FORTUNE -- Nestle, the maker of Hot Pockets and Haagen Dazs, says they are concerned about the health of their customers. So the world's largest food company has created two new entities: Nestle Health Science S.A. and the Nestle Institute of Health Science. They will concern themselves with finding "cost effective ways to prevent and treat acute and chronic diseases in the 21st century," the company announced last month.
In the United States, the Food and Drug Administration is increasingly cracking down on food companies that make unsupported or weakly supported health claims, or that market their foods as drugs. The European Union isn't much different. But Nestle, like many other food companies, is forging ahead.
In its announcement, Nestle said it is targeting "a new opportunity between food and pharma" and that it would develop foods designed to "prevent and treat health conditions such as diabetes, obesity, cardiovascular disease and Alzeimer's disease." The company is leaving little room for interpretation here: It means to peddle processed food products as medicine.
That's not always a bad thing, but it usually is. Even on those rare occasions when food is legitimately marketed as a medicine, it happens in a context of confusion, where hundreds of food products are advertised as curing or preventing disease -- or as just being "healthy" - with little or no scientific evidence to back up the claims.
Witness POM Wonderful, the pomegranate juice marketed by the billionaire couple that also sells Fiji Water. The Federal Trade Commission last month filed a lawsuit against the company alleging deceptive advertising. POM explicitly claims that its juice will treat or prevent heart disease, prostate cancer, and even erectile dysfunction, among other maladies.
The company defends itself in part on free speech grounds. But no court will likely take that seriously as a defense. More troubling--and more indicative the overall problem with such health claims is POM's desire to have it both ways. It wants to market its food as medicine, but it doesn't want to actually call it medicine. So it makes specific, scientific claims like: "New research offers further proof of the health-healthy benefits of POM Wonderful juice." And: "POM leads to "a 30 percent decrease in arterial plaque." Ads promise that POM would help consumers "cheat death," by drinking "health in a bottle."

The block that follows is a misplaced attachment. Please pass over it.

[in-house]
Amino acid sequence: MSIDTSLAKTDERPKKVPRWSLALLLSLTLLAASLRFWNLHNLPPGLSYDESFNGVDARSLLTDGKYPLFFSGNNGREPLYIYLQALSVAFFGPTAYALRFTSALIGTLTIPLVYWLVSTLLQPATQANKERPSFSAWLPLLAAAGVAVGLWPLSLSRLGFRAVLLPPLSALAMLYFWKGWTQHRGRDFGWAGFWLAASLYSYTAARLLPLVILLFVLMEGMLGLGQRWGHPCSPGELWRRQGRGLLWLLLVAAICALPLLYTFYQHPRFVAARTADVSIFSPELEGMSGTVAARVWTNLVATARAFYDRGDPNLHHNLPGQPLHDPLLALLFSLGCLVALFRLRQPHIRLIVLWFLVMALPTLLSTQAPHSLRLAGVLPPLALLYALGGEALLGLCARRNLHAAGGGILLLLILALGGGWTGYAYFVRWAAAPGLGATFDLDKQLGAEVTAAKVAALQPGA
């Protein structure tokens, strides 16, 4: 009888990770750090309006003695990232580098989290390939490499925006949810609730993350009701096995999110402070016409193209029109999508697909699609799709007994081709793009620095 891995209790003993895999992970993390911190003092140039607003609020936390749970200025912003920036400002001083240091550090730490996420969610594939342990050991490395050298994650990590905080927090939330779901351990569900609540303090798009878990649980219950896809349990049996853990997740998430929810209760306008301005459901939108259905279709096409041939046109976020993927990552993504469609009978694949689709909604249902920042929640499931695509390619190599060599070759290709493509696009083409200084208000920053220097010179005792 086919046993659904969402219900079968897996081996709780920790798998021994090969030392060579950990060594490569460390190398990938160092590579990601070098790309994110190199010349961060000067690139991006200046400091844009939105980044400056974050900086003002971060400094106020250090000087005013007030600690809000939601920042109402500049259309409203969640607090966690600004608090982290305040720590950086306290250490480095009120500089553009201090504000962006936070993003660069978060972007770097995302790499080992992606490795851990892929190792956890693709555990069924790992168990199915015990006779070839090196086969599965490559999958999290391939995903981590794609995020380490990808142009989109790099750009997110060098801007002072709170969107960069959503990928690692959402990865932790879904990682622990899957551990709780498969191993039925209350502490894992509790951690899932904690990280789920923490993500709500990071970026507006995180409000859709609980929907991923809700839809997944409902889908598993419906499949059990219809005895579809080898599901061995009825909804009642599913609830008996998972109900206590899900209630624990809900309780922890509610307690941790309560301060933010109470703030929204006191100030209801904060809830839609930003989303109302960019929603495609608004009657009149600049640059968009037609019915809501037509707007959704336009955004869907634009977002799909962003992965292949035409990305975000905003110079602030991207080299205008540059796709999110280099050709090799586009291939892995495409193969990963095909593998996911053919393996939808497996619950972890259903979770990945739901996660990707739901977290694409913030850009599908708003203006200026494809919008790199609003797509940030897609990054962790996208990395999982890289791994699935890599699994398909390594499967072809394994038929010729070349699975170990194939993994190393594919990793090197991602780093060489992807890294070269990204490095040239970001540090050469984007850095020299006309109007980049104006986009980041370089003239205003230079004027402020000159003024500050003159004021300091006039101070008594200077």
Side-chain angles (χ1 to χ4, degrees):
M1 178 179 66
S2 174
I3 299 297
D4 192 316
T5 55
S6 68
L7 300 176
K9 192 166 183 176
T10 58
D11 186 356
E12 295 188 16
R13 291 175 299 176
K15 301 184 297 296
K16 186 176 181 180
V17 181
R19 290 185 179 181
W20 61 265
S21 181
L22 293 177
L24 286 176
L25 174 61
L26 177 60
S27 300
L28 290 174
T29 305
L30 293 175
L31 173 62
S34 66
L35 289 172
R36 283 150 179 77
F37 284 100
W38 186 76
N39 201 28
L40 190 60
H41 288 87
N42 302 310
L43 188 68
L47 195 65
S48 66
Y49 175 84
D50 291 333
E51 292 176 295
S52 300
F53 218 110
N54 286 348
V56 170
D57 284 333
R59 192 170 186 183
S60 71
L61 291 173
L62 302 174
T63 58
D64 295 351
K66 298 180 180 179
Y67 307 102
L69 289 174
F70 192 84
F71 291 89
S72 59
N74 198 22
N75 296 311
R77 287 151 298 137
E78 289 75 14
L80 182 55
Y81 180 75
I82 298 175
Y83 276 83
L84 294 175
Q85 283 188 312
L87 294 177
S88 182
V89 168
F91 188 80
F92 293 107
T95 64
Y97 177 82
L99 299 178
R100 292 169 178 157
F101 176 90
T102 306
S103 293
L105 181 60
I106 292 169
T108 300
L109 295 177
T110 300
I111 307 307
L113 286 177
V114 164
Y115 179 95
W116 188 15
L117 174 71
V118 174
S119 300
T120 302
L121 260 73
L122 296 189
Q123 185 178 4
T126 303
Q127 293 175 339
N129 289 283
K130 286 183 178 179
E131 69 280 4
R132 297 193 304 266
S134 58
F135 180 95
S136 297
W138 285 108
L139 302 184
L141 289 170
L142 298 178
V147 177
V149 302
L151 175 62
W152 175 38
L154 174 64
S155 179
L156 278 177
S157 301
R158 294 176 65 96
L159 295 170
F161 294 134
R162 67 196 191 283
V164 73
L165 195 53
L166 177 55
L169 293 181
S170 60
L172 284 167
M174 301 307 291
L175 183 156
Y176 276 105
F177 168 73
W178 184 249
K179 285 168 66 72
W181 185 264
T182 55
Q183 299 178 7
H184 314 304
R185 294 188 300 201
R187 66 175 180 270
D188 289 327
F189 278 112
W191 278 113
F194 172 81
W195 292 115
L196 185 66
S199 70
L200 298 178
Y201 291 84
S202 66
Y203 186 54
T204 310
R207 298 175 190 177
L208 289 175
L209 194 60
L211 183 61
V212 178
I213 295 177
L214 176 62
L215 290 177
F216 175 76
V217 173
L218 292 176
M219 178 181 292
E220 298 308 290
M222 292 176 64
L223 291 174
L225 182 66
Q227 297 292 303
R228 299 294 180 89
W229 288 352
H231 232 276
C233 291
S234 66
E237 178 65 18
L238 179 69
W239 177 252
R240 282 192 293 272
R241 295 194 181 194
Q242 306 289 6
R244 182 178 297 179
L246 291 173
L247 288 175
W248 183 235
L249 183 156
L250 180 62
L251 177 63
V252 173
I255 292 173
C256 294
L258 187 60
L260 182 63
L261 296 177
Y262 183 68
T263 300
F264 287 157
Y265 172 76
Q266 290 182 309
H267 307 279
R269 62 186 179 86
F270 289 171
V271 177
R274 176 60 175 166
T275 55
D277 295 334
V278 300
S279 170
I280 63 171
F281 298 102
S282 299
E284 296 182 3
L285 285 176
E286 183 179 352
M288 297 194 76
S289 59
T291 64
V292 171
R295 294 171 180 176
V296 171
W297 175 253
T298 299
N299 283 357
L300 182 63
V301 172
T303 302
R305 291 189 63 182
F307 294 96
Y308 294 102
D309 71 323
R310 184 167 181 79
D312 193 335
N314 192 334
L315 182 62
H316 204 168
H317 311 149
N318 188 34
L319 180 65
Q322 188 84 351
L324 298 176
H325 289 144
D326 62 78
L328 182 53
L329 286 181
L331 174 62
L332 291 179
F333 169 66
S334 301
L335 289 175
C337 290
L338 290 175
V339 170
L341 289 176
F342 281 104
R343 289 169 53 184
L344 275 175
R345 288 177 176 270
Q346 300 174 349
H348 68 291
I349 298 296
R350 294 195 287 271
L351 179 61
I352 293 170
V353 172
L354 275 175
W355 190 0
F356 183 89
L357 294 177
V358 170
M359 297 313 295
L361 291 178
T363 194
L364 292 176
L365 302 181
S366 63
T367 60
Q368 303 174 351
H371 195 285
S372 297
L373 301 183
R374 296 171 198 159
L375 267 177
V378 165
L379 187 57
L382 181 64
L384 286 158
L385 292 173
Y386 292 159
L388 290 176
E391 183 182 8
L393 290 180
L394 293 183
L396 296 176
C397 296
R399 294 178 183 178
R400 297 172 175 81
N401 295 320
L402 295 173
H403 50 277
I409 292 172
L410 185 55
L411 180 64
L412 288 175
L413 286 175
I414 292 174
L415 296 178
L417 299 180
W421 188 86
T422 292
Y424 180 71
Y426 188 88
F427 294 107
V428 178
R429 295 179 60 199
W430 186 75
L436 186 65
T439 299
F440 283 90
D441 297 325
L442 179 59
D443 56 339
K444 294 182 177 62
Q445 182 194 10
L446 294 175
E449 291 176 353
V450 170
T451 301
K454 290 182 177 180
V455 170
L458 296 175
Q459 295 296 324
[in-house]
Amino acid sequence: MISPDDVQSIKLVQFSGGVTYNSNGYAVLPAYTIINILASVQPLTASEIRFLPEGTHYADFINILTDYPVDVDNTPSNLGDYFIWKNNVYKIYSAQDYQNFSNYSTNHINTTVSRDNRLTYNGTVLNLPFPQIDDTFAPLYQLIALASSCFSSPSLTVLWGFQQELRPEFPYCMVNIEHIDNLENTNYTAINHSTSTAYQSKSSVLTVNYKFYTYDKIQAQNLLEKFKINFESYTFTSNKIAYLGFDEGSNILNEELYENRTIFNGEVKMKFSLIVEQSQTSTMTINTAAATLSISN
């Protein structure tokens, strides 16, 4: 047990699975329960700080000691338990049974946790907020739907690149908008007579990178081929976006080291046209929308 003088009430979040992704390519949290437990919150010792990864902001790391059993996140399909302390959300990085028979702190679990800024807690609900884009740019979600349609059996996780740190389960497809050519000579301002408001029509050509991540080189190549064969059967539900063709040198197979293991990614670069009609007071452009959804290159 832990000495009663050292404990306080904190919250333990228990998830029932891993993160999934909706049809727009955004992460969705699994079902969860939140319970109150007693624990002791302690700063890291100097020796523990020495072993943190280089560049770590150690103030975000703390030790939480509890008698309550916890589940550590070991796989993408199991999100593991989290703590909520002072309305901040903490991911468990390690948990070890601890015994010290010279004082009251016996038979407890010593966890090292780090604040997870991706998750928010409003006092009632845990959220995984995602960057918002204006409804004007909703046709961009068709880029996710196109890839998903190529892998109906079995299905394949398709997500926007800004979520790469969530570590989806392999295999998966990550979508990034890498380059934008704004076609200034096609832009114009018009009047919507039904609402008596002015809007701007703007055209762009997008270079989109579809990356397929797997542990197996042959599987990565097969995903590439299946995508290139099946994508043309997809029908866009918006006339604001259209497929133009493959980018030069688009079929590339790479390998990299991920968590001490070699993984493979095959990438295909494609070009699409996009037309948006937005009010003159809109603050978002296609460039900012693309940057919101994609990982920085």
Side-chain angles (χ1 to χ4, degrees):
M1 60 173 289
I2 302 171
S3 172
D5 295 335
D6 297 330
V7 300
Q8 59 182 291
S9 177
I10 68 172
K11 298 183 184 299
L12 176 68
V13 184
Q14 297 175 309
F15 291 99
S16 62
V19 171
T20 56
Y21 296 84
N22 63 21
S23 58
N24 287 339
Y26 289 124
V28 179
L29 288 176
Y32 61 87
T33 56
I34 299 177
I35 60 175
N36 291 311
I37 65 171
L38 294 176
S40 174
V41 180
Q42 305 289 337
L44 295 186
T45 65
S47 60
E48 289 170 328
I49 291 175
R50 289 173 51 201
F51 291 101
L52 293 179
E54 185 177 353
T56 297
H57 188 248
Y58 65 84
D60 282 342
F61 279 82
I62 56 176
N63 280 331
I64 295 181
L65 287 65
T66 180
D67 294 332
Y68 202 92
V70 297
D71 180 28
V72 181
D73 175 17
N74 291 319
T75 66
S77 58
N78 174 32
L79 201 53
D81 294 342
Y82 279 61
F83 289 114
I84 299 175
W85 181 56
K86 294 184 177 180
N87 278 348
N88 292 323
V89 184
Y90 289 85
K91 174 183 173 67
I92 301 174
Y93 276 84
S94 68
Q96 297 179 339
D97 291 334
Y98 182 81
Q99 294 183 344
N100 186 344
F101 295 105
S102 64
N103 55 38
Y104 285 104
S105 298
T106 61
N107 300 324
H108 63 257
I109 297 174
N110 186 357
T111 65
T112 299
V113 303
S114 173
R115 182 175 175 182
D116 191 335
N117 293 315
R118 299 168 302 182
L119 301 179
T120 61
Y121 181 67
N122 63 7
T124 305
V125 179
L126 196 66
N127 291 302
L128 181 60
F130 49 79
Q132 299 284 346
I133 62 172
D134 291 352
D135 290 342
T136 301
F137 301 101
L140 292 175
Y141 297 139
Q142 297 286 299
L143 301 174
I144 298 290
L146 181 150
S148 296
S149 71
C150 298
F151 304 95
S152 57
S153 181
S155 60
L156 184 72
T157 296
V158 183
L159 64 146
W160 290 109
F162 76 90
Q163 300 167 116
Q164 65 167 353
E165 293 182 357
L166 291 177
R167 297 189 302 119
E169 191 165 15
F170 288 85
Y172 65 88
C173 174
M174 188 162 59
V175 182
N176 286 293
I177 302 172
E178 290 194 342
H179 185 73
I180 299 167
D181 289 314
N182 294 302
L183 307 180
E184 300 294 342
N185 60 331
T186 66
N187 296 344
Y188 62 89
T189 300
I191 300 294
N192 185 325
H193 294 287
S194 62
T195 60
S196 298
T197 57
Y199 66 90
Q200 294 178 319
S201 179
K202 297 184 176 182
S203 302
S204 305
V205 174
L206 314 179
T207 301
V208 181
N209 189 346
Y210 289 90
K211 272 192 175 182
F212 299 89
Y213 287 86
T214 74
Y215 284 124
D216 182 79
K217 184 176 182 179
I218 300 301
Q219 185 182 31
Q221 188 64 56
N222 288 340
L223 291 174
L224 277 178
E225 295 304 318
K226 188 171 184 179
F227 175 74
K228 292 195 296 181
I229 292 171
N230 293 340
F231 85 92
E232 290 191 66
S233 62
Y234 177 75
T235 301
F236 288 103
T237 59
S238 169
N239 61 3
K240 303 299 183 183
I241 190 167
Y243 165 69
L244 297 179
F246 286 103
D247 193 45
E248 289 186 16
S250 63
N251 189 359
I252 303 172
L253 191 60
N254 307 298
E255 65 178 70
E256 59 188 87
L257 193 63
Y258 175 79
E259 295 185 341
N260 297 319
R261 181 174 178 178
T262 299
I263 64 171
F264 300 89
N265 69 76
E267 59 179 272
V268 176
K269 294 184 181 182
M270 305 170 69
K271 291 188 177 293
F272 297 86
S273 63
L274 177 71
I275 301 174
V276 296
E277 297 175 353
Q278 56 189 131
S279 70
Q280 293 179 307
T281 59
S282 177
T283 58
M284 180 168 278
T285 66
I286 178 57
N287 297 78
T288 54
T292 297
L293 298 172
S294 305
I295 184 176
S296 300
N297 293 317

But when the FTC said such claims were "false and unsubstantiated," POM's president, Matt Tupper retorted that POM "...is a food, after all, not a drug." And he actually disclaims the claims. Despite the fact that the company explicitly stated in its ads that there is "proof" that POM yields very specific medical outcomes, Tupper wrote to the Boston Globe: "We do not claim that POM cures, prevents, or treats disease. Rather, we transparently share the results of published scientific research, and at the same time we make very clear that these studies, while promising, are also preliminary." So, "cheat death." Preliminarily.
POM goes further than most food companies do-but not much further. Nestle, Kraft, PepsiCo, Coca-Cola, Kellogg, General Mills and others have taken advantage, to one degree or another, of the confusing legal and regulatory framework that allows food to be marketed as medicine, or at least to be sold based on dubious health claims. The way things stand, food marketers have a wide berth unless and until the FTC or the Food and Drug Administration decide to go after them.
That's starting to happen. Under the Obama administration, the FDA has substantially stepped up this kind of enforcement. But in the absence of clear and unambiguous federal laws, regulations, and enforcement policies such efforts represent a piecemeal approach that doesn't address the overall problem.
Still, companies like Nestle are taking a risk in banking on the increasing popularity of "functional foods" trumping the increasing government censure of unsubstantiated claims.
You can't really blame them for forging ahead. PricewaterhouseCoopers estimated in a report last year that "functional foods" -- a category that includes Power Bars, Gatorade, and Slim-Fast -- is a $27 billion market and that it's growing at a clip of up to 4 percent a year. The category could ultimately make up a fifth of the entire food market, the consultancy estimated. For now, about 5 percent of all foods sold are "functional" foods, according to the report.
Of course, that doesn't include the most functional foods of all - fresh fruits and vegetables, which legitimate nutritionists universally agree are the healthiest foods to eat. But fresh produce normally doesn't come with labels across which to emblazon health claims, mainly because the profit margins for them are so slight that producers have little money for marketing. After all, when was the last time anyone besides your mother tried to convince you to eat an apple?